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13/07/2009

Royaume-Uni. Un enfant sur 15 ne réussit pas à créer des liens avec sa famille adoptive.

Number of adopted children returned to care has doubled in five years.jpgLe nombre d'enfants adoptés dont les nouvelles familles se décomposent ont doublé au cours des cinq dernières années, indiquent les nouveaux chiffres d'aujourd'hui.
Ils suggèrent que près d'un enfant sur 15 qui sont adoptés par les nouveaux parents ne parviennent pas à créer des liens avec leurs familles et finissent par retourner dans le système des soins et de placement.



Number of adopted children returned to care has doubled in five years


The number of adopted children who have been returned to care homes because their new parents cannot cope with them has doubled in the past five years.

Data obtained under the Freedom of Information Act show that the number has increased by a third in the past year alone as parents struggle with often challenging children who have suffered years of neglect or abuse in their natural families.

Going back into care after living with an adoptive family is a traumatic experience for children, and for the adoptive parents who have to accept their only chance of having a family has gone. It is also a huge cost to an already over-stretched system with the children likely to need expensive specialist care.

The increase in breakdowns comes despite a fall in the number of children being adopted. Only 4,637 children were adopted in 2007, the lowest number since 1999.

The data on breakdowns is in a survey of local authorities, conducted by More4 News and shared with The Times. More4 News will broadcast its special report tonight at 8pm.

Experts say the figures show that many children are being left to suffer at the hands of dysfunctional natural parents for too long before being taken into care by social workers. By the time they are adopted, many have severe emotional or behavioural problems.

Local authorities are not obliged to keep any data on adoption breakdowns and the vast majority of those contacted by More4 News had no figures or only partial records. However, according to the numbers kept by 92 out of 450 local authorities in England, Scotland and Wales, 57 children were returned to care in 2008-09 compared with 26 in 2004-05. If the pattern is repeated across the country, it means more than 250 children were returned to the care system last year.

The Adoption Act of 2002 was supposed to speed up adoption so that children do not have to languish in the care system for too long. However, the bigger problem may be that they are allowed to stay with their natural parents for too long before social workers remove them from their home.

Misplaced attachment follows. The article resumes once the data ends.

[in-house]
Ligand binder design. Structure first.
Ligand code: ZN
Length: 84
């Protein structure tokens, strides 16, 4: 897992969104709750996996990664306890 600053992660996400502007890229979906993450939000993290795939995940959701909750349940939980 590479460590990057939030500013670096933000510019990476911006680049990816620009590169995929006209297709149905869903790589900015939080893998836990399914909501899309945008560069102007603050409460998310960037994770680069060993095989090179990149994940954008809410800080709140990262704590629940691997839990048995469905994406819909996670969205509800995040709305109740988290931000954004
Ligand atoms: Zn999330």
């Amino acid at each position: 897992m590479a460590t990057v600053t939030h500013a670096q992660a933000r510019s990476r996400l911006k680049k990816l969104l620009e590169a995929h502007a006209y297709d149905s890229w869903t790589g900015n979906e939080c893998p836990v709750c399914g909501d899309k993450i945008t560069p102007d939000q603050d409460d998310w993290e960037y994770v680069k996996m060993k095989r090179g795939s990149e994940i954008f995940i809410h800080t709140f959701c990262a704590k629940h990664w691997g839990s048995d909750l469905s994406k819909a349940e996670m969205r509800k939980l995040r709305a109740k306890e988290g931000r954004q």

Lord Laming, Britain’s foremost expert on child protection, highlighted this issue in the wake of the Baby P tragedy. He urged social workers to be far more realistic about parents’ ability to turn their lives around and to act more decisively when there are problems.

The figures are also a reflection of the changing face of adoption. Before the 1970s, most adopted children were babies born to single mothers, but today more than three quarters have been removed from their homes because of abuse or neglect. The increase in alcohol and drug abuse among parents is also a growing factor in care proceedings, with parents often being given several chances to break their habit before children are removed.

According to data provided to More4 News by the local authorities, last year only four per cent of adopted children were babies, with the majority aged between one and four. A quarter were aged between five and nine.

Adoption UK, the charity which supports adoptive families, said not enough was being done to help parents to care for a challenging child.

Jonathan Pearce, of Adoption UK, said: “The figures starkly illustrate the difficulties and complexity of modern-day adoptions from care and also highlight the lack of support for adoptive families in their challenging task of being therapeutic parents for traumatised children.”

The charity says the system is still too preoccupied with the intense and lengthy approvals process for would-be adoptive parents, rather than preparing them in advance and helping them afterwards.


Case study
‘I had naively believed in love’


Initially, the adoption seemed to be going well. But Kate discovered that Alex, whom she had adopted when the child was four, had an attachment disorder and heard voices.